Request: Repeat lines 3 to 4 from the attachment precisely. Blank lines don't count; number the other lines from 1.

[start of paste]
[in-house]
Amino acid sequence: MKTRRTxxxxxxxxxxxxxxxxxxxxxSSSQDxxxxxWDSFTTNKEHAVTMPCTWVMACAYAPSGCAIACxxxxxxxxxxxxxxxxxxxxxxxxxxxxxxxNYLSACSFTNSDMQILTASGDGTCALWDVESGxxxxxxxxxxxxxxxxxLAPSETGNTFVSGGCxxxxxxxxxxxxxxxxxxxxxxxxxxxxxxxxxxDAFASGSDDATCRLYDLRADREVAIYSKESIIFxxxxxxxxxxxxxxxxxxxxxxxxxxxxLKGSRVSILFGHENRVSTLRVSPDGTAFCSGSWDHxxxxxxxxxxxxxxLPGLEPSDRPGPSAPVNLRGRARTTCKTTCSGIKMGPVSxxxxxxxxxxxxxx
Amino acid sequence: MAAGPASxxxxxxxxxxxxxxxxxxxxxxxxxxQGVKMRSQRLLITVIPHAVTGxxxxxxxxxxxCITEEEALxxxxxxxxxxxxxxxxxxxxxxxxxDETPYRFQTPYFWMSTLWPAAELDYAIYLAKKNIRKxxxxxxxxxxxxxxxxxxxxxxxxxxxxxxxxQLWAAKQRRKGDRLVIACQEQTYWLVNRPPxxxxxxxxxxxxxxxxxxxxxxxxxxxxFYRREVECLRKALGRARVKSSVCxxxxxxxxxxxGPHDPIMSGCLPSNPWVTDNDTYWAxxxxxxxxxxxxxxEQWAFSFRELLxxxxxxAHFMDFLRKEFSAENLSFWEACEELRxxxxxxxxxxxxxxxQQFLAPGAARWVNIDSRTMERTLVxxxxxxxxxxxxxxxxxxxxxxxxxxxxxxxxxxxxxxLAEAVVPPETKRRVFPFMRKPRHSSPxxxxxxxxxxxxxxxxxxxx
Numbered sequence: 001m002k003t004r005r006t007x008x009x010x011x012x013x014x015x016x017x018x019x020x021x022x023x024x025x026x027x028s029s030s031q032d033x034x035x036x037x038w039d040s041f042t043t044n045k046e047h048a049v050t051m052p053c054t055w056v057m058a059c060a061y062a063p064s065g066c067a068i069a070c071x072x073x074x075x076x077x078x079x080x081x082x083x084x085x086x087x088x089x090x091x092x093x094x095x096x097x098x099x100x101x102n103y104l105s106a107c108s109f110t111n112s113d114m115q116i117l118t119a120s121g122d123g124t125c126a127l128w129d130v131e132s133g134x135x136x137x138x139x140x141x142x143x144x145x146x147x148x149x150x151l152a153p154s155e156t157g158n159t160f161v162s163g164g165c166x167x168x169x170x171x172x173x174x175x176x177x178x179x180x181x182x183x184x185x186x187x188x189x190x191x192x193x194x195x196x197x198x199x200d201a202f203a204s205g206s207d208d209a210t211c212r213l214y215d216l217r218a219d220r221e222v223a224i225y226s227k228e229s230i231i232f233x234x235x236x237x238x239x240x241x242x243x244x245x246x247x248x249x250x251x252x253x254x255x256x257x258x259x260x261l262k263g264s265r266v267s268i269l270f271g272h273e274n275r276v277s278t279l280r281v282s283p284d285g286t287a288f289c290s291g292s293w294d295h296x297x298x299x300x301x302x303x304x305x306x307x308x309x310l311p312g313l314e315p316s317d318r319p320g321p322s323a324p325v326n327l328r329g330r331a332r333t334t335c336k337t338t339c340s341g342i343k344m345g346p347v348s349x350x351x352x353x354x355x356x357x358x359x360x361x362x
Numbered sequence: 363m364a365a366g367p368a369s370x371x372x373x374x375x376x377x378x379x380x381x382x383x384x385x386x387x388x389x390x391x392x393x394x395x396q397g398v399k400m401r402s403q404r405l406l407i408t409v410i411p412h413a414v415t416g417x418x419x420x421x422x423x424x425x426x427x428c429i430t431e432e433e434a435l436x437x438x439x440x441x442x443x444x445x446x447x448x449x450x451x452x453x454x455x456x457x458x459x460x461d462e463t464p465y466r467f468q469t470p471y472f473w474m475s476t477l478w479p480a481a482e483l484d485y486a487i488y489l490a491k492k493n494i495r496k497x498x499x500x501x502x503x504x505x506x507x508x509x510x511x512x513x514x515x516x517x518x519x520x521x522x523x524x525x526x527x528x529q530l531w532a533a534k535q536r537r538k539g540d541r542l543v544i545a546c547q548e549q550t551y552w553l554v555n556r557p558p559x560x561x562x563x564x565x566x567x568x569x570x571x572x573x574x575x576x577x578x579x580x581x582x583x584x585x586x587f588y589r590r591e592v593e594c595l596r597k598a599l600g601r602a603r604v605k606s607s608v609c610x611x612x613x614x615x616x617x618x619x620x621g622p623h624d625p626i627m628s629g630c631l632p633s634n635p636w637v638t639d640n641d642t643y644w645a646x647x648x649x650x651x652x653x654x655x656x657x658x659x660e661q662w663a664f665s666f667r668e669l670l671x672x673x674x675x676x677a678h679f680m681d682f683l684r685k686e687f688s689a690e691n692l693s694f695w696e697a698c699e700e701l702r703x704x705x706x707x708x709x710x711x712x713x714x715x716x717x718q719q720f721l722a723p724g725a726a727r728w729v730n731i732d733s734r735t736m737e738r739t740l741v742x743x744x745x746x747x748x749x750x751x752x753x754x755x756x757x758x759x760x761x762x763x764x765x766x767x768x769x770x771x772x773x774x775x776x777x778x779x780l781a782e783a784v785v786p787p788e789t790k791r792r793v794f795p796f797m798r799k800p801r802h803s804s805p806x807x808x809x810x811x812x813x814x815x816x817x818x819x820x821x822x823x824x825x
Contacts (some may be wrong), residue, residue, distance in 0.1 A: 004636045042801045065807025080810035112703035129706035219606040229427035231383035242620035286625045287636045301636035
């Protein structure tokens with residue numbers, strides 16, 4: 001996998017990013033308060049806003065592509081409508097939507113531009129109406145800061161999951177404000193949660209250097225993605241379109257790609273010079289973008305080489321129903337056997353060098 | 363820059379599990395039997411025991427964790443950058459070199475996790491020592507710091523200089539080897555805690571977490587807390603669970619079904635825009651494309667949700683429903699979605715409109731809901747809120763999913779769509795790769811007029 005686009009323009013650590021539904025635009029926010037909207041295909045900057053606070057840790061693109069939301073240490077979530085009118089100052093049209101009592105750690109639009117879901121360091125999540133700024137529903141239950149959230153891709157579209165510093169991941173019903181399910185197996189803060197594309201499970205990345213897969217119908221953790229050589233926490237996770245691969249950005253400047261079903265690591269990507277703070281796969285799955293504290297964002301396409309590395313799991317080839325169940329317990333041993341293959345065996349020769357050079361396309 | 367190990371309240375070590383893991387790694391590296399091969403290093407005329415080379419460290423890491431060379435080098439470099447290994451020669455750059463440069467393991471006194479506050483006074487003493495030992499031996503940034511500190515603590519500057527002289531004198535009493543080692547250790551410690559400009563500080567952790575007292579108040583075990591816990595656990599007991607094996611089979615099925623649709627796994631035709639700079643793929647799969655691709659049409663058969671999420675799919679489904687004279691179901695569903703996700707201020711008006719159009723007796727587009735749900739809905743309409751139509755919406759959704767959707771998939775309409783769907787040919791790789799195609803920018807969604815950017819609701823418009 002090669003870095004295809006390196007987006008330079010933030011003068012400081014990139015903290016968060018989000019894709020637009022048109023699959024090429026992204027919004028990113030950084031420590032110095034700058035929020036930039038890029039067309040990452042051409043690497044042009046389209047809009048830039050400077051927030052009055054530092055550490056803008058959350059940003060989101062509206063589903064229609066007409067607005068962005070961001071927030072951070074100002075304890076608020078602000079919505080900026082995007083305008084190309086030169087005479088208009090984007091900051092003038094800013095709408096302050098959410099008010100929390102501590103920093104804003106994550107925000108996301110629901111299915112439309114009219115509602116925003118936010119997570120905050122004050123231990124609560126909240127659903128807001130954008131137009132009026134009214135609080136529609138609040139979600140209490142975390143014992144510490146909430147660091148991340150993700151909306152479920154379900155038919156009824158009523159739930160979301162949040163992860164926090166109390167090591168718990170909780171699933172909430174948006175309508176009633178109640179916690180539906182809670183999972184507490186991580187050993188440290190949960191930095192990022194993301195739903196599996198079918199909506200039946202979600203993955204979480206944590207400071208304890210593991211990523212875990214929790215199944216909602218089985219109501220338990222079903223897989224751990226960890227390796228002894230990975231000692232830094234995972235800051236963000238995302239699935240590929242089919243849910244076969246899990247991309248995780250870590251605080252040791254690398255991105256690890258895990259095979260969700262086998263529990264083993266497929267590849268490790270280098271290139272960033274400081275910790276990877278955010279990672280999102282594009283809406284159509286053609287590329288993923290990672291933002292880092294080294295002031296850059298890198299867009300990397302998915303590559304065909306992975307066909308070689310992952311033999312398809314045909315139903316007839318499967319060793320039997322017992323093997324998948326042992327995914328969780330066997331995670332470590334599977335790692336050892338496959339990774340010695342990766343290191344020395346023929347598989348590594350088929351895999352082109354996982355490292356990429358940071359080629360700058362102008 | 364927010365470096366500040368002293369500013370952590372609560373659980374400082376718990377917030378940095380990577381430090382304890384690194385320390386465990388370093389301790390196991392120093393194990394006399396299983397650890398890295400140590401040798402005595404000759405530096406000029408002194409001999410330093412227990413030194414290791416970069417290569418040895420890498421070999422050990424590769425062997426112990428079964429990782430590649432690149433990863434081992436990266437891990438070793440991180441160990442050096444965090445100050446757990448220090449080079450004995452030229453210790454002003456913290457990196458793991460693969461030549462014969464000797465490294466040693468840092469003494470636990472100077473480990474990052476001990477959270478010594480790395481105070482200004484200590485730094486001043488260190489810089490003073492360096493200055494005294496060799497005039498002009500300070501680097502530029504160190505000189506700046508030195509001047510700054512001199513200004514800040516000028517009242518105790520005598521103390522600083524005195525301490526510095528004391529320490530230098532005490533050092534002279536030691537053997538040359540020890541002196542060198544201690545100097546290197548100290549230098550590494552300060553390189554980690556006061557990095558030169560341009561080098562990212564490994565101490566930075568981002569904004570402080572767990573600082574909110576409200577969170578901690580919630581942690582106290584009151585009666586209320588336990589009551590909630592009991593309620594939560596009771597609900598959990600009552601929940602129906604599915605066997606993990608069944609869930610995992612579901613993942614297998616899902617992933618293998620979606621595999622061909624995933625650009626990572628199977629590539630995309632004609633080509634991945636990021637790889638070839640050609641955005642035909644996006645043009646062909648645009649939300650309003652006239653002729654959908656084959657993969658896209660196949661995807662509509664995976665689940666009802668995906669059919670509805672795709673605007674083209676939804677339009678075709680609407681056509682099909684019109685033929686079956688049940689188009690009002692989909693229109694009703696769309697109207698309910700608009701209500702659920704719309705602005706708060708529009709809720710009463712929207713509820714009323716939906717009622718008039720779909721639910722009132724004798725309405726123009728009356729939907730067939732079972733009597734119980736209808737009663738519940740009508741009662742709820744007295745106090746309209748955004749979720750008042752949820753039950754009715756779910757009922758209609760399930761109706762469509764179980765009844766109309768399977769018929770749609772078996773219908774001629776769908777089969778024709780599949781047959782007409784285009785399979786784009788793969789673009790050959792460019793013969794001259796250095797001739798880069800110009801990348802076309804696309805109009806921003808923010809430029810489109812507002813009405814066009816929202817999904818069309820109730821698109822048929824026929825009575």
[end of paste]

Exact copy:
Amino acid sequence: MAAGPASxxxxxxxxxxxxxxxxxxxxxxxxxxQGVKMRSQRLLITVIPHAVTGxxxxxxxxxxxCITEEEALxxxxxxxxxxxxxxxxxxxxxxxxxDETPYRFQTPYFWMSTLWPAAELDYAIYLAKKNIRKxxxxxxxxxxxxxxxxxxxxxxxxxxxxxxxxQLWAAKQRRKGDRLVIACQEQTYWLVNRPPxxxxxxxxxxxxxxxxxxxxxxxxxxxxFYRREVECLRKALGRARVKSSVCxxxxxxxxxxxGPHDPIMSGCLPSNPWVTDNDTYWAxxxxxxxxxxxxxxEQWAFSFRELLxxxxxxAHFMDFLRKEFSAENLSFWEACEELRxxxxxxxxxxxxxxxQQFLAPGAARWVNIDSRTMERTLVxxxxxxxxxxxxxxxxxxxxxxxxxxxxxxxxxxxxxxLAEAVVPPETKRRVFPFMRKPRHSSPxxxxxxxxxxxxxxxxxxxx
Numbered sequence: 001m002k003t004r005r006t007x008x009x010x011x012x013x014x015x016x017x018x019x020x021x022x023x024x025x026x027x028s029s030s031q032d033x034x035x036x037x038w039d040s041f042t043t044n045k046e047h048a049v050t051m052p053c054t055w056v057m058a059c060a061y062a063p064s065g066c067a068i069a070c071x072x073x074x075x076x077x078x079x080x081x082x083x084x085x086x087x088x089x090x091x092x093x094x095x096x097x098x099x100x101x102n103y104l105s106a107c108s109f110t111n112s113d114m115q116i117l118t119a120s121g122d123g124t125c126a127l128w129d130v131e132s133g134x135x136x137x138x139x140x141x142x143x144x145x146x147x148x149x150x151l152a153p154s155e156t157g158n159t160f161v162s163g164g165c166x167x168x169x170x171x172x173x174x175x176x177x178x179x180x181x182x183x184x185x186x187x188x189x190x191x192x193x194x195x196x197x198x199x200d201a202f203a204s205g206s207d208d209a210t211c212r213l214y215d216l217r218a219d220r221e222v223a224i225y226s227k228e229s230i231i232f233x234x235x236x237x238x239x240x241x242x243x244x245x246x247x248x249x250x251x252x253x254x255x256x257x258x259x260x261l262k263g264s265r266v267s268i269l270f271g272h273e274n275r276v277s278t279l280r281v282s283p284d285g286t287a288f289c290s291g292s293w294d295h296x297x298x299x300x301x302x303x304x305x306x307x308x309x310l311p312g313l314e315p316s317d318r319p320g321p322s323a324p325v326n327l328r329g330r331a332r333t334t335c336k337t338t339c340s341g342i343k344m345g346p347v348s349x350x351x352x353x354x355x356x357x358x359x360x361x362x